Vucic’s ruling Serbian Progressive Party won the parliamentary vote, however, in the Belgrade local election, an opposition group said it was robbed, and demanded a rerun of the ballot.
Opponents of Serbia’s populist President Aleksandar Vucic took to the streets claiming the weekend’s snap elections were rigged as international observers said on Monday the vote was held in “unjust conditions” with multiple reports of irregularities.
Political tensions have spiked in the Balkan country over the parliamentary and local elections on Sunday.
In Belgrade, several thousand people gathered in front of the state election commission headquarters, chanting “thieves,” as opposition leaders moved to lodge formal complaints claiming fraud in the city election.
“We should not be silent about this,” said student Danica Samardzic who took part in the demonstrations.
“This protest is just the beginning of something bigger, so we can achieve the goals that made us come out here.”
“We have hundreds and hundreds of complaints,” said opposition politician Marinika Tepic.
She and several other opposition politicians would camp inside the building that’s the seat of the state election commission.
Vucic’s ruling Serbian Progressive Party won the parliamentary vote, an early official count confirmed.
However, in the Belgrade local election, an opposition group said it was robbed, would not recognize the results and would demand a rerun of the ballot.
The Serbian president appeared on state RTS television on Monday evening, stating that the “election was fair” and that he wanted “to tell the people not to worry … peace, law and order will prevail.”
In a preliminary statement, a mission made up of representatives of international rights watchdogs said the vote was “marred by harsh rhetoric, bias in the media, pressure on public sector employees and misuse of public resources.”
“Election day was smoothly conducted, but was marked by numerous procedural deficiencies, including inconsistent application of safeguards during voting and counting, frequent instances of overcrowding, breaches in secrecy of the vote, and numerous instances of group voting,” the conclusions said.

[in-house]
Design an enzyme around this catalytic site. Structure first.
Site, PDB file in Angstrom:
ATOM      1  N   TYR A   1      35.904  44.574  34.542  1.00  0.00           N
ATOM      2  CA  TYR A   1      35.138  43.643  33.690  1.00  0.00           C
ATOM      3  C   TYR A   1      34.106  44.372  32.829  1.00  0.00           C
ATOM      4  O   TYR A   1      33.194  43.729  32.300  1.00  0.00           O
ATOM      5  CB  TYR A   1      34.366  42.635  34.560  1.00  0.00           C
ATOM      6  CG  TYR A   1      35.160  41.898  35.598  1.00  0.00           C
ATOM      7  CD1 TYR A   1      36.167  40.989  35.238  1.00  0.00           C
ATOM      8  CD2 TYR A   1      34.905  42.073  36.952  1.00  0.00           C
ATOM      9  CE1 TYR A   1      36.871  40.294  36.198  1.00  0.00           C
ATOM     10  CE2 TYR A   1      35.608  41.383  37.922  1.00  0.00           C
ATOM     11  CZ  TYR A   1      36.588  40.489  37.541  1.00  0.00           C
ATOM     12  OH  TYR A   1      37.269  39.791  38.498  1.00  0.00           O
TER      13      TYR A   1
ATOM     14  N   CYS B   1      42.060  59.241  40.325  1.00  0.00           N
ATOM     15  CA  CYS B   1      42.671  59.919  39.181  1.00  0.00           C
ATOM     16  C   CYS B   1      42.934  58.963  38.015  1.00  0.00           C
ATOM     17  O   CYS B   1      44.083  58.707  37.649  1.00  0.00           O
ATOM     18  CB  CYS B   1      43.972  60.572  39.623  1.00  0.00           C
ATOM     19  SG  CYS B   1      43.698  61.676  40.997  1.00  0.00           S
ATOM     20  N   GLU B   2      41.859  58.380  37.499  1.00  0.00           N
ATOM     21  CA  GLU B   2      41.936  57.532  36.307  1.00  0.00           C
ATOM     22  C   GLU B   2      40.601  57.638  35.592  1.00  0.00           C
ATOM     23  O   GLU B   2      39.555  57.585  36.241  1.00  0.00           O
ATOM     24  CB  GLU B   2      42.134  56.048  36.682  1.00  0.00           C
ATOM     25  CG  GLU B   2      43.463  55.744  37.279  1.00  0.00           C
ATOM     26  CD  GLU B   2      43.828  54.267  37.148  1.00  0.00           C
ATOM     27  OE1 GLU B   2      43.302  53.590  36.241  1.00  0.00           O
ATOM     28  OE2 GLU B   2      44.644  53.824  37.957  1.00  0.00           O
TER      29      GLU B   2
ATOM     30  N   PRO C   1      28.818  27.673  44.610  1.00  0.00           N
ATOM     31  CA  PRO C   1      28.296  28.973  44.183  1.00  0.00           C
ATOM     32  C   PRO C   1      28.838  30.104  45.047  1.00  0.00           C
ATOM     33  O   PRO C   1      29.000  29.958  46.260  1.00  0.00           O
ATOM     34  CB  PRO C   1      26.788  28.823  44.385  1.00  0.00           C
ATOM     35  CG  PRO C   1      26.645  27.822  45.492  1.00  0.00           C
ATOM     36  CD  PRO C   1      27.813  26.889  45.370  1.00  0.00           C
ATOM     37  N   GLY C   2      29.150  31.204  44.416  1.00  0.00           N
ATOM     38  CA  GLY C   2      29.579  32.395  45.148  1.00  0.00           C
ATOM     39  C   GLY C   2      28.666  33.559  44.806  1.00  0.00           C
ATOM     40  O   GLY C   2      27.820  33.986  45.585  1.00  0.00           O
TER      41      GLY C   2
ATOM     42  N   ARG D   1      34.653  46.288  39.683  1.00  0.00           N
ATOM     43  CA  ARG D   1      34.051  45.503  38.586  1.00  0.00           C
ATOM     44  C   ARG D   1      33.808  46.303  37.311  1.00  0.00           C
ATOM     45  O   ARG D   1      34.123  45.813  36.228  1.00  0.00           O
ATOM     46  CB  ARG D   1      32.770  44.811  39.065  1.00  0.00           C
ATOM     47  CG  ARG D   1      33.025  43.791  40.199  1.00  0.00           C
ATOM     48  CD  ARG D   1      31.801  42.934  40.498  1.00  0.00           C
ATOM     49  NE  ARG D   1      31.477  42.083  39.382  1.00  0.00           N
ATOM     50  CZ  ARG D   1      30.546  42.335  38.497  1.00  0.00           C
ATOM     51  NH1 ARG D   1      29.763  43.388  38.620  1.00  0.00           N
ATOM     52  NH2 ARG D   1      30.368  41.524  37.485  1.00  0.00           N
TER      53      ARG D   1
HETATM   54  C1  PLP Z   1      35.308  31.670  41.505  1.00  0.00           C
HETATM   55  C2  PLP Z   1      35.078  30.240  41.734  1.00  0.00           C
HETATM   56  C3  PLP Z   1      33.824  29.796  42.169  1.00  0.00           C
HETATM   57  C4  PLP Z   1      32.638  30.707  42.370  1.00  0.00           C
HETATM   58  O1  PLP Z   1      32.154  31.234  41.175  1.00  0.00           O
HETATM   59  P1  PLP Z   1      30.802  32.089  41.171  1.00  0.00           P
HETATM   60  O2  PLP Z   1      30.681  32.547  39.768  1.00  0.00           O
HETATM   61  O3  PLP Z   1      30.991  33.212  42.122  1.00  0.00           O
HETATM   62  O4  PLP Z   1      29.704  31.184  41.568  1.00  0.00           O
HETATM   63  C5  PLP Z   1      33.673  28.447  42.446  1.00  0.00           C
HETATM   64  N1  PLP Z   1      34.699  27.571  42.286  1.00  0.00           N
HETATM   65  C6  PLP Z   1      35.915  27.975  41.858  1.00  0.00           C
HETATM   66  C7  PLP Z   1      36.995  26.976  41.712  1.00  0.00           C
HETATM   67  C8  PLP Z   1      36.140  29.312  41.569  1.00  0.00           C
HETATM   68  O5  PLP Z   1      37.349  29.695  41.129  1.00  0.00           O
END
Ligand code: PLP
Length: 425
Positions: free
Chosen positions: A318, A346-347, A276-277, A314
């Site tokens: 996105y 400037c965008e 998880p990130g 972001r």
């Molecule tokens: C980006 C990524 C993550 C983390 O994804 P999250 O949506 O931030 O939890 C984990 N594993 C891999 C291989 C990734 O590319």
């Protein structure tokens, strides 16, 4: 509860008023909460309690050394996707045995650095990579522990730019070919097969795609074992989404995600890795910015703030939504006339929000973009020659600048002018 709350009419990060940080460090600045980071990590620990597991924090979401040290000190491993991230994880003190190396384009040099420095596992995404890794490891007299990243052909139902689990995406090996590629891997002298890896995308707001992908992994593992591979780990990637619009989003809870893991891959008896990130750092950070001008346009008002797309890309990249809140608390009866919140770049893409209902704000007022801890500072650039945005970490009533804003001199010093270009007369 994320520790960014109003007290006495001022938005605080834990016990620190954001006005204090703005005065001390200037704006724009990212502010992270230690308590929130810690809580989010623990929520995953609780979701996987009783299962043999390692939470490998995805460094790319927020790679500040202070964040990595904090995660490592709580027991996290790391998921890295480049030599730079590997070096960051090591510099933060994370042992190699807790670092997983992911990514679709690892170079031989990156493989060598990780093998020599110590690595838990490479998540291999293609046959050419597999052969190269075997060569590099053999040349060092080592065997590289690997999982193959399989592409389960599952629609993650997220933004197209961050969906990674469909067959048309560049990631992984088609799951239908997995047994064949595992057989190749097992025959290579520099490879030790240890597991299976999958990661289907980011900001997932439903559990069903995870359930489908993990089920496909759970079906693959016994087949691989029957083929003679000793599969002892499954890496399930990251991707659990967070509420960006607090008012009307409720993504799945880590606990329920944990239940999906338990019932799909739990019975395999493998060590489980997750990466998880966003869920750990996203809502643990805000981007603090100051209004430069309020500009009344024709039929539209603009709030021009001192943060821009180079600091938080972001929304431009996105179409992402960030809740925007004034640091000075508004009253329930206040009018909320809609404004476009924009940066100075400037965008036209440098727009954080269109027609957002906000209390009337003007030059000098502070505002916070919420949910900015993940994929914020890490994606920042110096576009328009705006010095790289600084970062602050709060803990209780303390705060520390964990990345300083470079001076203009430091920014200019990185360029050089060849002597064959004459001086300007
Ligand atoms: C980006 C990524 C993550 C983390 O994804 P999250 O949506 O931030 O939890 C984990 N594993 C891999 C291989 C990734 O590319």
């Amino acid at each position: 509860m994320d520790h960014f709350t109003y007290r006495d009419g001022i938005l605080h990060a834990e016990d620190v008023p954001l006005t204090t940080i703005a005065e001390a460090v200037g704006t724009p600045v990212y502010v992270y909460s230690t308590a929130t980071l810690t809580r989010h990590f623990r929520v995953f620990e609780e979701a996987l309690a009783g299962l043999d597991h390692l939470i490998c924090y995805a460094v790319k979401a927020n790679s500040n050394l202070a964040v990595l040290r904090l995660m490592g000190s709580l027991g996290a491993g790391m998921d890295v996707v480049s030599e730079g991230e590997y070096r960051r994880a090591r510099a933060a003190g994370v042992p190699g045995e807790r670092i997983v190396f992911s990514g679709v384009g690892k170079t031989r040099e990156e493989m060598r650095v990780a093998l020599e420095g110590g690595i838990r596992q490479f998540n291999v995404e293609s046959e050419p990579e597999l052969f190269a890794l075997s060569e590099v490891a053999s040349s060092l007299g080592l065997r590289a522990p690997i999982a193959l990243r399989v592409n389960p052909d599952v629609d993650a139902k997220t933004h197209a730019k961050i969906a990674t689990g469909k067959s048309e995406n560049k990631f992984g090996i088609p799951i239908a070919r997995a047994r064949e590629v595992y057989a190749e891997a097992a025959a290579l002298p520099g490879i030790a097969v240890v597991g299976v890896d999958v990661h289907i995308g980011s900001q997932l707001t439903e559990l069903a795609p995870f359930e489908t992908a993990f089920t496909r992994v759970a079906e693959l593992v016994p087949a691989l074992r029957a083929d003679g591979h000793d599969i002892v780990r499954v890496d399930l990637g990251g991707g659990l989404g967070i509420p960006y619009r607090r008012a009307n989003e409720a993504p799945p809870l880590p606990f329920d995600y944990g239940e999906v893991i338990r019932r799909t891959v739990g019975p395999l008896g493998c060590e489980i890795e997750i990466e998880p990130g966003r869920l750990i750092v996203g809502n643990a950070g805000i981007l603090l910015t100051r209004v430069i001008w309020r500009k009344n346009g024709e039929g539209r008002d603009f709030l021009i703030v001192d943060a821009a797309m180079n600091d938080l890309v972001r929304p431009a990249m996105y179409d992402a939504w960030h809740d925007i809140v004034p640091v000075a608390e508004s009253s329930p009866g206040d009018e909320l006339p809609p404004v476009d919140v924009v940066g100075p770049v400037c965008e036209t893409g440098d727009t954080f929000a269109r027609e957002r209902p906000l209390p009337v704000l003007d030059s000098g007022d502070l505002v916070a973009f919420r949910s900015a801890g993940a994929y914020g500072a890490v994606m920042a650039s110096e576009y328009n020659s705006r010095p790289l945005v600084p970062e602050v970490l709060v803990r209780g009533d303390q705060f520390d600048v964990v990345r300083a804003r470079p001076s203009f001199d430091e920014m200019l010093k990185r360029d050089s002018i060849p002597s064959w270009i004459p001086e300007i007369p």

Vucic, who has been in power since 2012, has dismissed criticism from his opponents that his government curbed democratic freedoms while allowing corruption and organized crime to run rampant.
Under Vucic, Serbia became a candidate for EU membership, but the opposition accuses the bloc of turning a blind eye to the country’s democratic shortcomings in return for stability in the Balkan region, still troubled after the wars of the 1990s.
The election pitted Vucic’s SNS against the Serbia Against Violence opposition alliance, or SPN.
Vucic’s party won nearly 47 per cent of the ballots in the parliamentary vote, followed by Serbia Against Violence with 23 per cent, according to a near-complete preliminary tally by the state election commission.
Several other smaller parties also competed in the election, which was held only 18 months after the previous presidential and parliamentary vote.
If confirmed in the final vote count, the result means that the SNS party will have an absolute majority in the 250-member parliament and will form the next government on its own.
Official results for the city hall in Belgrade are yet to be announced, but projections by polling agencies IPSOS and CESID said SNS won 38 per cent of the ballots, while Serbia Against Violence garnered 35 per cent.
Irregularities also were reported by election monitors and independent media in Serbia.